IG says he cannot afford to open probes in Iraq

Embattled State Department Inspector General Howard Krongard is starting to defend himself against charges that he blocked investigations into department activities in Iraq and Afghanistan to spare the Bush administration bad news.

Employees in Krongard's office charge that he prevented investigators from traveling to Iraq and Afghanistan to look into contract fraud and blocked them from cooperating with the Justice Department in other sensitive investigations. The accusations are the subject of inquiries by the President's Council on Integrity and Efficiency, a group of senior IGs and the House Oversight and Government Reform Committee, which has set a Nov. 14 hearing on the matter.

In an interview Tuesday night with CongressDaily, Krongard, citing legal advice, declined to comment specifically on the charges against him. He suggested his actions were generally guided by cost concerns.

With flat budgets and an investigative staff of a maximum of 22 employees based in the Washington area, Krongard said could not afford to pay for overseas travel where the likelihood of a successful investigation was low. Echoing statements Tuesday by his attorney, Barbara Van Gelder of Morgan, Lewis & Bockius, Krongard said that 85 percent of the IG office's budget goes to personnel costs, with most of the remainder dedicated to a mandated inspection regime of overseas posts.

Without a budget increase and with rising travel costs, there is little left in his discretionary budget for open-ended investigations, said Krongard, a Bush appointee who was confirmed in 2005.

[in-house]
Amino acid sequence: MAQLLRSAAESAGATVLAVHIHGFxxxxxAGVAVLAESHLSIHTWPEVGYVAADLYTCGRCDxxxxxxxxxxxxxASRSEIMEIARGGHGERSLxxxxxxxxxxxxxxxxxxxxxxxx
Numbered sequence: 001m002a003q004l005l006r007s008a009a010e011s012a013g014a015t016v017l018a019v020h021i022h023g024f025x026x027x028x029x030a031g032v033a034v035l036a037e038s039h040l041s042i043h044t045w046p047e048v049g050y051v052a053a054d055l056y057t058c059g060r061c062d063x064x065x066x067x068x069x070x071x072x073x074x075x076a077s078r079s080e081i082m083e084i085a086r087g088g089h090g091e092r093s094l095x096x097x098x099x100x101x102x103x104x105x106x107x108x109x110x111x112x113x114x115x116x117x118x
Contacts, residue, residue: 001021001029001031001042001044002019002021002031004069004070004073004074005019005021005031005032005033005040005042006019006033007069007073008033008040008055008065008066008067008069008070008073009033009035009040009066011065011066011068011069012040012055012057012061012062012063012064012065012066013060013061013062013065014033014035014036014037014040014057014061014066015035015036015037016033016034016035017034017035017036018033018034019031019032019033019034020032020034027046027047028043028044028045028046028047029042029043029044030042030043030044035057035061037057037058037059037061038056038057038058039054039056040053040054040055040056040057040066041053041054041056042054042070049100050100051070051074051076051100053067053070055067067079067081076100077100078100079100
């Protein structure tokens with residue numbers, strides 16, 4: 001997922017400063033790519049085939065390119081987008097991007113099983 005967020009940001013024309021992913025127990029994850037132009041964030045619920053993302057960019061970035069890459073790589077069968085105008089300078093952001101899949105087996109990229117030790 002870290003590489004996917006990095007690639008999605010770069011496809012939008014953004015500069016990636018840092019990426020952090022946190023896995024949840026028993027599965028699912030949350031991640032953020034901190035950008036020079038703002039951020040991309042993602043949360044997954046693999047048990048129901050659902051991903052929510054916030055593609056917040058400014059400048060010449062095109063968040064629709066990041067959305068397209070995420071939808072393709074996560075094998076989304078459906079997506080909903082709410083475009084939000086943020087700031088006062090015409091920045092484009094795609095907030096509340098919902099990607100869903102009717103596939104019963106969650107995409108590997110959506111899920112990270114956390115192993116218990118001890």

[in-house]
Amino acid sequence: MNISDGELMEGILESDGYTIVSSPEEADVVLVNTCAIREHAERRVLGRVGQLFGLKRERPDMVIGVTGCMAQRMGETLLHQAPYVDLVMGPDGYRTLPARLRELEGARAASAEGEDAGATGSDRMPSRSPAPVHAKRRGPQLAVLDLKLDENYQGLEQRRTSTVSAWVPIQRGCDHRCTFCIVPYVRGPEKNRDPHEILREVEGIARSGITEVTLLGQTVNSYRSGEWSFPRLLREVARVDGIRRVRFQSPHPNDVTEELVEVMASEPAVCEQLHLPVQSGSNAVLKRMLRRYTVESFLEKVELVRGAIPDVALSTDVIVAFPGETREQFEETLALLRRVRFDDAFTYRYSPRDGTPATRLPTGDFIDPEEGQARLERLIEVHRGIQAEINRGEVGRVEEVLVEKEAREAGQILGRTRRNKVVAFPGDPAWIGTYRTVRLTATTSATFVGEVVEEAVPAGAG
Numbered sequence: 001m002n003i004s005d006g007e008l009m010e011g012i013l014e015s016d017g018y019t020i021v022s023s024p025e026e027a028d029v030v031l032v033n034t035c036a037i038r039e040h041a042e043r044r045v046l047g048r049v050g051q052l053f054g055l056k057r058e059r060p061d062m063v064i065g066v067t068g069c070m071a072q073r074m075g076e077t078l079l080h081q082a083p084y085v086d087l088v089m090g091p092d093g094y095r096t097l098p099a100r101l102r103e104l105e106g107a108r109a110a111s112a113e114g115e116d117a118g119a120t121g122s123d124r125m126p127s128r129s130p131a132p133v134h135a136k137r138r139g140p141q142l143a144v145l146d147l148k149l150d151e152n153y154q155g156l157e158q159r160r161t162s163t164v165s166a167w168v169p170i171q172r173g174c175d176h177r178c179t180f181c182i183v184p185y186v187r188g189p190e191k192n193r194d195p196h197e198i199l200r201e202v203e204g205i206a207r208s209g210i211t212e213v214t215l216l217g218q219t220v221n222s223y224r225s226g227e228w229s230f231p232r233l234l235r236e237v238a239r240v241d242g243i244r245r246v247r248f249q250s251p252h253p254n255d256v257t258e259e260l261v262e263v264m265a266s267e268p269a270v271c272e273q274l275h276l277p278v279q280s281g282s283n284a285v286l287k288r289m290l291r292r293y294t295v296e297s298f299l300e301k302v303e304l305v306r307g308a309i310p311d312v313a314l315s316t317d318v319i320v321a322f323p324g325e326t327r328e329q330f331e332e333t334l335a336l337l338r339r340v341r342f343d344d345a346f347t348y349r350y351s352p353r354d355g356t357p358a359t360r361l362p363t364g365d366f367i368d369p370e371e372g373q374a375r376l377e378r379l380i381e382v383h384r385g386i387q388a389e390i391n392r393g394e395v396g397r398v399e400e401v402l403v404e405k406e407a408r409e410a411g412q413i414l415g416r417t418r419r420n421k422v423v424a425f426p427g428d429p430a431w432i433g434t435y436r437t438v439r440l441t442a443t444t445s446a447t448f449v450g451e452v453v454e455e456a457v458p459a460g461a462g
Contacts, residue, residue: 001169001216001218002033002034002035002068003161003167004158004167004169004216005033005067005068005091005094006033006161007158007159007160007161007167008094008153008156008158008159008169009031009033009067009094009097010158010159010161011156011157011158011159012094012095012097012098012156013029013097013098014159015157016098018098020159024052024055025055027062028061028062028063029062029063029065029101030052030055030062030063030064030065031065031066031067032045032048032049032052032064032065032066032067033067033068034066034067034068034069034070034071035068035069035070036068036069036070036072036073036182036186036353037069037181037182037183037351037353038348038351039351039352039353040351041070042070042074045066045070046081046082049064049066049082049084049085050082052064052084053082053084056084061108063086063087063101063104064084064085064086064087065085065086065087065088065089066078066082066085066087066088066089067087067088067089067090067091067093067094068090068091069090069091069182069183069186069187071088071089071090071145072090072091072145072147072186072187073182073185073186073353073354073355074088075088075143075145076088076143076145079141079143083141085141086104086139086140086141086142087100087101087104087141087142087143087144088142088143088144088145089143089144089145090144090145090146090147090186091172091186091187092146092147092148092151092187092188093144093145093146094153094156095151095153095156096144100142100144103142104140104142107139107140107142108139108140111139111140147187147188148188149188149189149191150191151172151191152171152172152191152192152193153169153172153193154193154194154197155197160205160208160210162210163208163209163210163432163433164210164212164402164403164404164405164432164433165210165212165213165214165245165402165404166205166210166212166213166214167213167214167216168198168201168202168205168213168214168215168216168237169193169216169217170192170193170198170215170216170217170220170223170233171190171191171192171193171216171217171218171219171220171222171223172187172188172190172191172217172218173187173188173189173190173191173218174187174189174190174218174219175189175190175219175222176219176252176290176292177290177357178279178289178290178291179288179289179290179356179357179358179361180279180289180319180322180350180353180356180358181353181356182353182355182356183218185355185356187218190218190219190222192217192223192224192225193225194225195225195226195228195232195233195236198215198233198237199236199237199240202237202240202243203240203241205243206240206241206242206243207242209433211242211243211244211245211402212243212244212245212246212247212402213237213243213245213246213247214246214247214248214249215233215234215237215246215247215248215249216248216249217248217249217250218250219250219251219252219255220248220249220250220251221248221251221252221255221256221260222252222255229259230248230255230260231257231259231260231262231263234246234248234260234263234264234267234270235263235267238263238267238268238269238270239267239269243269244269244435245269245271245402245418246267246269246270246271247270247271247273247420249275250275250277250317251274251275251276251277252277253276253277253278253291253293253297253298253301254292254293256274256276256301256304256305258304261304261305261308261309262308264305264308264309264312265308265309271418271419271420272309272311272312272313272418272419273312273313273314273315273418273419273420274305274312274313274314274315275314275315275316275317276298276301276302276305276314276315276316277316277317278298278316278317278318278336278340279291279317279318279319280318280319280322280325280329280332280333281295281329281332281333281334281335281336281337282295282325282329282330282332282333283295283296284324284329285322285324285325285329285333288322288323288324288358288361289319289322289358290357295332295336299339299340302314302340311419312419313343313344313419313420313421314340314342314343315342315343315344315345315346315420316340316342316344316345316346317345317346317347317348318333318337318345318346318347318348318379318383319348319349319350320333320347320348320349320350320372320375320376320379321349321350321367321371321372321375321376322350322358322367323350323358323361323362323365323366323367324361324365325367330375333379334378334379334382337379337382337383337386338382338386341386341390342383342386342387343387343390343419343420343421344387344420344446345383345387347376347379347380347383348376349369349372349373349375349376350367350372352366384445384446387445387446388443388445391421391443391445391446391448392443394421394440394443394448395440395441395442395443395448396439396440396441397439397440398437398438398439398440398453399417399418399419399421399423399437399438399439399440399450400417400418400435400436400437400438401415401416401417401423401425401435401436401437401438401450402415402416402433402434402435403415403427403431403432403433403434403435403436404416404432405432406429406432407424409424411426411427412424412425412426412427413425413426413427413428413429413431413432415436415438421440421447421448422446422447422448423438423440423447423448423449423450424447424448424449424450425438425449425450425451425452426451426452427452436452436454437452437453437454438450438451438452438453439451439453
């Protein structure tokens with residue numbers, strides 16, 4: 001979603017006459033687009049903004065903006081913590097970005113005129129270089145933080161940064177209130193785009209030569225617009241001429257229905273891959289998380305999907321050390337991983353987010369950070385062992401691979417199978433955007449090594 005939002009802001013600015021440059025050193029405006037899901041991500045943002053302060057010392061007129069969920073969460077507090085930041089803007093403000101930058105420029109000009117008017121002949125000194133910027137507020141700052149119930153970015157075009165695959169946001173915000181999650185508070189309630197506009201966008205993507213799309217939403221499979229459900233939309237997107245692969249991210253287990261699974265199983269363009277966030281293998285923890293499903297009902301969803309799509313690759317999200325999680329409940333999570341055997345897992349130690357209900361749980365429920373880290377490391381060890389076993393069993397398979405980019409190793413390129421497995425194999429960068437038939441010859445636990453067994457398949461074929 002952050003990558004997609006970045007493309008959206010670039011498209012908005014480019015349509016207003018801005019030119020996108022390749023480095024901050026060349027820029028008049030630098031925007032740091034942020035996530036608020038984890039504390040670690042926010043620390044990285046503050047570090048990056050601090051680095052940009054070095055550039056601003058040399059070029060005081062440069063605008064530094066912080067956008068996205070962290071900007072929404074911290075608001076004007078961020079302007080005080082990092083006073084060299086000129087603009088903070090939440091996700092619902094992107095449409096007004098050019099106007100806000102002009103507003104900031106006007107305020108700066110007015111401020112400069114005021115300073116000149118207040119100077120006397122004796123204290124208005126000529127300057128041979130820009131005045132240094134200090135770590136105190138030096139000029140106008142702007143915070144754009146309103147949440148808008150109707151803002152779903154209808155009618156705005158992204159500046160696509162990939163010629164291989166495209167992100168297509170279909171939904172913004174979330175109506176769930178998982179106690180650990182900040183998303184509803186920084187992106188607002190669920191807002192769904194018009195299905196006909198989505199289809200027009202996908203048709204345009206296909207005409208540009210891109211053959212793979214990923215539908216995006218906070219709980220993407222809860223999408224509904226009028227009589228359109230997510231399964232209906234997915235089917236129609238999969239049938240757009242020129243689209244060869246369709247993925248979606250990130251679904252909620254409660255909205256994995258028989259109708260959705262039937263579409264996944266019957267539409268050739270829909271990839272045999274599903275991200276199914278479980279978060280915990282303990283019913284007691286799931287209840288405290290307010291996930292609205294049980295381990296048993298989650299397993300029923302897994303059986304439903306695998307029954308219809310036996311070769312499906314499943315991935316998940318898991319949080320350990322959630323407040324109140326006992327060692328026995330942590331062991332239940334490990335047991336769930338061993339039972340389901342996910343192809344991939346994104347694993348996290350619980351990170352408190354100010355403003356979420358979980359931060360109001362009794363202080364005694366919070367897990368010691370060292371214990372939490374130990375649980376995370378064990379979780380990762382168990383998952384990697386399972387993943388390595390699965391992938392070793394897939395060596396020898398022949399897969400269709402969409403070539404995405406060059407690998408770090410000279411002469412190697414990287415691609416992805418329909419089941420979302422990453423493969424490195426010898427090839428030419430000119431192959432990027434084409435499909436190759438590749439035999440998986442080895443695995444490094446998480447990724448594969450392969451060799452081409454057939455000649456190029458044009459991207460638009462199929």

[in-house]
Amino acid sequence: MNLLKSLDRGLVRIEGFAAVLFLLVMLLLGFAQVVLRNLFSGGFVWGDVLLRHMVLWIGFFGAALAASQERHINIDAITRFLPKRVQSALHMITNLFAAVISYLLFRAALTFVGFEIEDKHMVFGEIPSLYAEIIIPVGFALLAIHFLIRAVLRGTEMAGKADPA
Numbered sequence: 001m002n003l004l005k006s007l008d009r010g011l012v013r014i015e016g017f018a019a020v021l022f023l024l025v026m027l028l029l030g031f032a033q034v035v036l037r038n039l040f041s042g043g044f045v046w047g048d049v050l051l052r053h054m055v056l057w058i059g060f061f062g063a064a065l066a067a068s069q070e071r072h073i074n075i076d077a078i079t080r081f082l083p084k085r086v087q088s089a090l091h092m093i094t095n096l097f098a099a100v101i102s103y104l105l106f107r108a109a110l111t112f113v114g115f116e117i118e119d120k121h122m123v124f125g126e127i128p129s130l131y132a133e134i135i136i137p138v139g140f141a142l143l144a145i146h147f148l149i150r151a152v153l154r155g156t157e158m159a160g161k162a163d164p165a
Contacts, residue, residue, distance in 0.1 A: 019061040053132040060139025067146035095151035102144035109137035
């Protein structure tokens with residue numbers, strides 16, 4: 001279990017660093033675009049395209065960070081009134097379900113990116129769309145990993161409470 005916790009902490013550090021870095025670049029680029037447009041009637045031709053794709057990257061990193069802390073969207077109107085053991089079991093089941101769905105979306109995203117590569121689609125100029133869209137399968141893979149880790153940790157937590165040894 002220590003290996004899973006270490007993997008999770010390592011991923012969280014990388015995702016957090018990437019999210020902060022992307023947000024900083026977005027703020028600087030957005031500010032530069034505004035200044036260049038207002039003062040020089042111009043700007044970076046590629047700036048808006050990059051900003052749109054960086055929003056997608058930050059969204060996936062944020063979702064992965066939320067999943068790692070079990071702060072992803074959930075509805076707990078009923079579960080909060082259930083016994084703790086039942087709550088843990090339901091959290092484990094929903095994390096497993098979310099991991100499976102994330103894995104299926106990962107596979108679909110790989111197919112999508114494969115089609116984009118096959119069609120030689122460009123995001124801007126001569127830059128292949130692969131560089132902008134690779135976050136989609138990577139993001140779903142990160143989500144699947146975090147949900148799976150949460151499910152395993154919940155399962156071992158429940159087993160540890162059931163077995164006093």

"When you have something really, really important you try to find a way to rob Peter to pay Paul. ... But the overall amount [discretionary money available] is very small," Krongard said. He added that each potential investigation requires close consideration of whether it is worth the cost. Such concerns applied especially to duplicative investigations or those that involve supporting other agencies' investigations, Krongard said.

His comments came in response to a Government Accountability Office report on the State Department IG's office that was a subject of a House Foreign Affairs Oversight Subcommittee hearing Wednesday afternoon. In testimony prepared for the hearing, Comptroller General David Walker, who heads GAO, questioned the independence of the State IG's office, but attributes the problem to longstanding issues with the organization of the office and rules that limit the IG's discretion.

"We continue to identify concerns regarding the independence of the State IG that are similar to concerns we reported almost three decades ago," Walker said in his prepared remarks. While State's budget swelled from $13.7 billion in fiscal 2001 to $24 billion in fiscal 2006, the IG's budget barely budged, increasing from $29 million to $31 million, Walker said.

GAO has recommended Krongard reduce use of career Foreign Service officers and State Department management staffers to fill positions in the office. Krongard in the interview and a written response, said he understood those recommendations but felt they went to too far. He accepted other GAO suggestions.

Walker said Krongard's responses "defend the status quo and indicate an inadequate concern and regard for the independence necessary to provide effective oversight of the department." Walker added that the effectiveness of the IG's office is limited by a lack of resources and a "lack of an appearance of independence," among other problems.

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